The positive sentiment in global equity markets received a new boost on better than expected Chinese trade data. Asian shares rose to their highest level in two years after China reported a 14,7% export increase in April. Imports were up 16.8% with a trade surplus of USD 18,16 Billion for the month. The Chinese data comes on top of new Wall Street highs with Dow Jones closing above 15 000. In Germany industrial orders showed unexpected strength last week and pulled the Dax index into record territory.
The Australian Reserve Bank became yesterday the last central bank to cut interest rate creating an opening for parity between Australian and US dollars. Share prices are helped by decreased bond returns. The cut in interest rates play into the hands of equities. The Asian Pacific MSCI-index rose 0,8% and reached the highest level since August 2011. Global market sentiments were helped by strong quarterly results by one of the world leading banks, HSBC, and a profit jump for the US Disney. Cut in the labor seems to be the driving force behind HSBC’s result.
The Chinese trading numbers are likely to ease recent concerns about weakness in the recovery in the world second-largest economy. Doubts remain, however, over real demand in China, and the accuracy of their figures. Oil and commodity prices are trading firmer after the Chinese data. A successful bond trade in Portugal supported the upbeat mood and strengthened the Euro. Euro/USD is steady at 1.3080. There is still no breakthrough in USD/JPY which sticks to the 99 yen a dollar level. USD/British sterling, GBP is trading at 1.5479 slightly down from yesterday.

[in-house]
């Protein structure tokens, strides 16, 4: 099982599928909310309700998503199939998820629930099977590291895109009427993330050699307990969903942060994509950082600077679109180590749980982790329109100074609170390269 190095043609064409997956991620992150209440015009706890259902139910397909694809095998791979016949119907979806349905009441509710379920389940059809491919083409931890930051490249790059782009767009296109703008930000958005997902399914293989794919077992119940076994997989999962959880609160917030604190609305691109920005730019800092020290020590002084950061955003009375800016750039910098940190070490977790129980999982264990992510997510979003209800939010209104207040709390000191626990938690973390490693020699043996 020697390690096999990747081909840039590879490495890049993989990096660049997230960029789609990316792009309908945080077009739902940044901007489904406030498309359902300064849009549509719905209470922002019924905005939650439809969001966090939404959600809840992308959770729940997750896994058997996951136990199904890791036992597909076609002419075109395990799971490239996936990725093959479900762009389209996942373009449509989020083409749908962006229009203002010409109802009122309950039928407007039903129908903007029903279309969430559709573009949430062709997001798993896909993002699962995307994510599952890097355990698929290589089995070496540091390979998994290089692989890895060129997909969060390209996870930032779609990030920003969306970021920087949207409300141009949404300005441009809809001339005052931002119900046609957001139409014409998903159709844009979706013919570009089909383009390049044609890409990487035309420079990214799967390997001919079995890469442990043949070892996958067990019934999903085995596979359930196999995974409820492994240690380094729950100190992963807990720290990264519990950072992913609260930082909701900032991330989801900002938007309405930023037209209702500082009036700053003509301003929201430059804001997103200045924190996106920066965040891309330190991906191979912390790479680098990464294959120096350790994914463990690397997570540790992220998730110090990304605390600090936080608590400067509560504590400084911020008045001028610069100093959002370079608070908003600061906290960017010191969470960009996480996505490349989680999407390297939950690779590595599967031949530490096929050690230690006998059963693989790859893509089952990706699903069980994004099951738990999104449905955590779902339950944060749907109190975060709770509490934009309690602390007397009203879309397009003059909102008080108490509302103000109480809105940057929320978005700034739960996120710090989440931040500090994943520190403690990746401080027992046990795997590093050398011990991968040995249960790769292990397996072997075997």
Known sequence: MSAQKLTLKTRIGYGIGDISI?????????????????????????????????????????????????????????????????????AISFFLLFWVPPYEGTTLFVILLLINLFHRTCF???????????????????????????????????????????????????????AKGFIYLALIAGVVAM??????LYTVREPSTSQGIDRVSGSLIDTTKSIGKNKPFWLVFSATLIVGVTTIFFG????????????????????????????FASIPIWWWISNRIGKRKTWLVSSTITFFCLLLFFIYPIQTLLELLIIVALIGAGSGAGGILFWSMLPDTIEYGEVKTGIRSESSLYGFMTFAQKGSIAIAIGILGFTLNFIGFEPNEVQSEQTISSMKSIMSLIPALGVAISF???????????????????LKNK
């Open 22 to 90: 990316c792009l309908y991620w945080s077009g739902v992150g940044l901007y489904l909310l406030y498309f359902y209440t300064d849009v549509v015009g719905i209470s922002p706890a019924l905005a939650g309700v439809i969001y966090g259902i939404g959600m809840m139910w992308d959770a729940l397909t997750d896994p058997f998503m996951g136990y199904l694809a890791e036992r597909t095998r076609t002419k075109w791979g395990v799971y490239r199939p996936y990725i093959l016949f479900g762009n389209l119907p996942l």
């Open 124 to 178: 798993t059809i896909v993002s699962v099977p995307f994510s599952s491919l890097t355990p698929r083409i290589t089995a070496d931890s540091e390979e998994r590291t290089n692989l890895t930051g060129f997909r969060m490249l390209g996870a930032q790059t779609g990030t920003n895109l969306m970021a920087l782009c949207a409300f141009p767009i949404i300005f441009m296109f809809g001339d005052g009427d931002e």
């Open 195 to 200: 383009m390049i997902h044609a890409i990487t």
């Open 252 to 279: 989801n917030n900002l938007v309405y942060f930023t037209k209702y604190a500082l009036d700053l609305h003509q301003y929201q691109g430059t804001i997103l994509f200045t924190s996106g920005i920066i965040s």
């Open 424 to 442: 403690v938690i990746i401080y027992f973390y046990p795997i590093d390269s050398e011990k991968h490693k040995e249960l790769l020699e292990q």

Gold continues to be under pressure. Gold lost one percent during yesterday’s trade. It has recovered to 1455. Gold backed exchange traded funds fell to their weakest level since 2009 indicating that investors money is leaving gold for booming stock markets. This suggests that the super cycle of commodities might be over and that tough times might lie ahead especially for metals. Analysts see that commodity prices in the future probably may be more determined by normal supply and demand balances than by speculative money flows.
Gold traders take an opposite opinion. The present equity boom is driven by low interest rates and central banks money printing. This will create inflationary pressure and challenges for the market system as witnessed by the financial crisis in the autumn of 2008. In such an environment investors will still use gold and precious metals as a hedge. Gold bulls, therefore, stress that a rebound to the USD 1700 level is most likely also in a shorter term perspective.
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